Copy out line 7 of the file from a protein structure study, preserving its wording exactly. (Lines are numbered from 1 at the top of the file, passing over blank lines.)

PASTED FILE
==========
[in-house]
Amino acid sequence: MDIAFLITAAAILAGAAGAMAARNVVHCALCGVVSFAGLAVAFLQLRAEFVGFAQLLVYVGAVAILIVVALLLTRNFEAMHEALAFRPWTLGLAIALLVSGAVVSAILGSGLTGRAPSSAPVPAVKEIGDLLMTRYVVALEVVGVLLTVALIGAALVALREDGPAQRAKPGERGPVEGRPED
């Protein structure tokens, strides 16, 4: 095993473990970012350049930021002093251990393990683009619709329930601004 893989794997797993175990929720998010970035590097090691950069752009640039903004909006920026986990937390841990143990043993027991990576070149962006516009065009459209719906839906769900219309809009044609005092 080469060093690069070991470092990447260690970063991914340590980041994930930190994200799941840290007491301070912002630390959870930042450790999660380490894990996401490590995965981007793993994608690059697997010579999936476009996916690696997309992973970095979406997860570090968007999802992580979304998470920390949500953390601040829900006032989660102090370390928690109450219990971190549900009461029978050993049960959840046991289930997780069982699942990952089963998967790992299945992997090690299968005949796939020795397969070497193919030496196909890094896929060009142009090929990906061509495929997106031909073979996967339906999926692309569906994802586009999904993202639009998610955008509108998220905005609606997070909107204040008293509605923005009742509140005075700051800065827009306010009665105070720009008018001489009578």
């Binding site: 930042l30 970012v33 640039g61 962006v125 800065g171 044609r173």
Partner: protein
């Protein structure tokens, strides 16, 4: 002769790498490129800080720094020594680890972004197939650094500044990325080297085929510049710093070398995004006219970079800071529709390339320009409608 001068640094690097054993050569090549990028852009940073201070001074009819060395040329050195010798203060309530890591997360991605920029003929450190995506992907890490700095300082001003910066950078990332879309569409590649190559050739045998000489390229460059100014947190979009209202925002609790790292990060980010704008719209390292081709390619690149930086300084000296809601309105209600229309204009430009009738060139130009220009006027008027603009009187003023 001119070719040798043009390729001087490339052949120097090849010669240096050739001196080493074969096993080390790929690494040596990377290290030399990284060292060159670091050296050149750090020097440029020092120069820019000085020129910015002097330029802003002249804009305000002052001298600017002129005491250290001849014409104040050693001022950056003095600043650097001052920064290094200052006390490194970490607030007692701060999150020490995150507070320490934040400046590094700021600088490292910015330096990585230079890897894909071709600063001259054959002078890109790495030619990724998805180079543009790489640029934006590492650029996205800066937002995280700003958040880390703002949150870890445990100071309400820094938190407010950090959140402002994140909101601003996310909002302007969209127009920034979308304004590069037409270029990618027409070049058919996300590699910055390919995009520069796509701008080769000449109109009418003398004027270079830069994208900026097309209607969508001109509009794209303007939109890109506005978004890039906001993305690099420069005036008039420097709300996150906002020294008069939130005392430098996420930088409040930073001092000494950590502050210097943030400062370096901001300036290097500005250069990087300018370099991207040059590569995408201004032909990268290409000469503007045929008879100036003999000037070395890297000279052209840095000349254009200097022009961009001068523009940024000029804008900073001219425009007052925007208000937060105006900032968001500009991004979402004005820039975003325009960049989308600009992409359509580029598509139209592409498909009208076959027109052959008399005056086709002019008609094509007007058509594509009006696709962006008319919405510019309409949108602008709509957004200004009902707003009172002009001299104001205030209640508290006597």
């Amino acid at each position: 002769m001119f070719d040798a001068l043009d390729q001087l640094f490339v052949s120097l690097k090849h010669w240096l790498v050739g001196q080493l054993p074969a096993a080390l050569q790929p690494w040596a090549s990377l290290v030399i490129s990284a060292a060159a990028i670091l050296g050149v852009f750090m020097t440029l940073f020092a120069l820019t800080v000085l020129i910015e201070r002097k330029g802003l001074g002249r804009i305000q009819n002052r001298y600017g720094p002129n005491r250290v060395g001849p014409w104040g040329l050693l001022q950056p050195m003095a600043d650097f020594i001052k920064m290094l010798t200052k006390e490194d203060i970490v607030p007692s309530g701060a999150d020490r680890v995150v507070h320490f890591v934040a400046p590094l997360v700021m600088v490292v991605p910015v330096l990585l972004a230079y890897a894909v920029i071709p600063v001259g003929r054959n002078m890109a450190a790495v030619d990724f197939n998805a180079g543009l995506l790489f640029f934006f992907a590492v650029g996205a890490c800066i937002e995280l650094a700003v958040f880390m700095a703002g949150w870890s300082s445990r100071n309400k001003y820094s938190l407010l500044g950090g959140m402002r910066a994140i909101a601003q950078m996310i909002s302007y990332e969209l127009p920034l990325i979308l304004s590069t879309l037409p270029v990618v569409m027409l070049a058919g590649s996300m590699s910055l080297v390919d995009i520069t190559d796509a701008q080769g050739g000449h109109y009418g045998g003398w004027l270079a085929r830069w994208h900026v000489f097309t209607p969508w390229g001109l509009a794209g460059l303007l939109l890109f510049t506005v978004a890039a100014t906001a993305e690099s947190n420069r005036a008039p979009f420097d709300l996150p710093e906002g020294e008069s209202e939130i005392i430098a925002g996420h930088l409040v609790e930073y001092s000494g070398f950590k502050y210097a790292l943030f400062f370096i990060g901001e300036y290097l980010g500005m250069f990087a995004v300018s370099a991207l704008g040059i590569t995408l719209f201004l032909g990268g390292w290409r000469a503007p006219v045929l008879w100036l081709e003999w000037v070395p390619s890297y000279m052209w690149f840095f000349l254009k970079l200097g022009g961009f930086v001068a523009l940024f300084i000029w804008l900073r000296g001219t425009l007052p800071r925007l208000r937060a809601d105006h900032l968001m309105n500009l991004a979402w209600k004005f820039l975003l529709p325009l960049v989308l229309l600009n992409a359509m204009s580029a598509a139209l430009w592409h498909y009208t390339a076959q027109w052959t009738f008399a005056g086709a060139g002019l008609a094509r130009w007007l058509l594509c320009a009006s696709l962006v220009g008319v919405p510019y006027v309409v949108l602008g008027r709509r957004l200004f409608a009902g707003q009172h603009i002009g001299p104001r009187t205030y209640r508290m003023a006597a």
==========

């Amino acid at each position: 002769m001119f070719d040798a001068l043009d390729q001087l640094f490339v052949s120097l690097k090849h010669w240096l790498v050739g001196q080493l054993p074969a096993a080390l050569q790929p690494w040596a090549s990377l290290v030399i490129s990284a060292a060159a990028i670091l050296g050149v852009f750090m020097t440029l940073f020092a120069l820019t800080v000085l020129i910015e201070r002097k330029g802003l001074g002249r804009i305000q009819n002052r001298y600017g720094p002129n005491r250290v060395g001849p014409w104040g040329l050693l001022q950056p050195m003095a600043d650097f020594i001052k920064m290094l010798t200052k006390e490194d203060i970490v607030p007692s309530g701060a999150d020490r680890v995150v507070h320490f890591v934040a400046p590094l997360v700021m600088v490292v991605p910015v330096l990585l972004a230079y890897a894909v920029i071709p600063v001259g003929r054959n002078m890109a450190a790495v030619d990724f197939n998805a180079g543009l995506l790489f640029f934006f992907a590492v650029g996205a890490c800066i937002e995280l650094a700003v958040f880390m700095a703002g949150w870890s300082s445990r100071n309400k001003y820094s938190l407010l500044g950090g959140m402002r910066a994140i909101a601003q950078m996310i909002s302007y990332e969209l127009p920034l990325i979308l304004s590069t879309l037409p270029v990618v569409m027409l070049a058919g590649s996300m590699s910055l080297v390919d995009i520069t190559d796509a701008q080769g050739g000449h109109y009418g045998g003398w004027l270079a085929r830069w994208h900026v000489f097309t209607p969508w390229g001109l509009a794209g460059l303007l939109l890109f510049t506005v978004a890039a100014t906001a993305e690099s947190n420069r005036a008039p979009f420097d709300l996150p710093e906002g020294e008069s209202e939130i005392i430098a925002g996420h930088l409040v609790e930073y001092s000494g070398f950590k502050y210097a790292l943030f400062f370096i990060g901001e300036y290097l980010g500005m250069f990087a995004v300018s370099a991207l704008g040059i590569t995408l719209f201004l032909g990268g390292w290409r000469a503007p006219v045929l008879w100036l081709e003999w000037v070395p390619s890297y000279m052209w690149f840095f000349l254009k970079l200097g022009g961009f930086v001068a523009l940024f300084i000029w804008l900073r000296g001219t425009l007052p800071r925007l208000r937060a809601d105006h900032l968001m309105n500009l991004a979402w209600k004005f820039l975003l529709p325009l960049v989308l229309l600009n992409a359509m204009s580029a598509a139209l430009w592409h498909y009208t390339a076959q027109w052959t009738f008399a005056g086709a060139g002019l008609a094509r130009w007007l058509l594509c320009a009006s696709l962006v220009g008319v919405p510019y006027v309409v949108l602008g008027r709509r957004l200004f409608a009902g707003q009172h603009i002009g001299p104001r009187t205030y209640r508290m003023a006597a």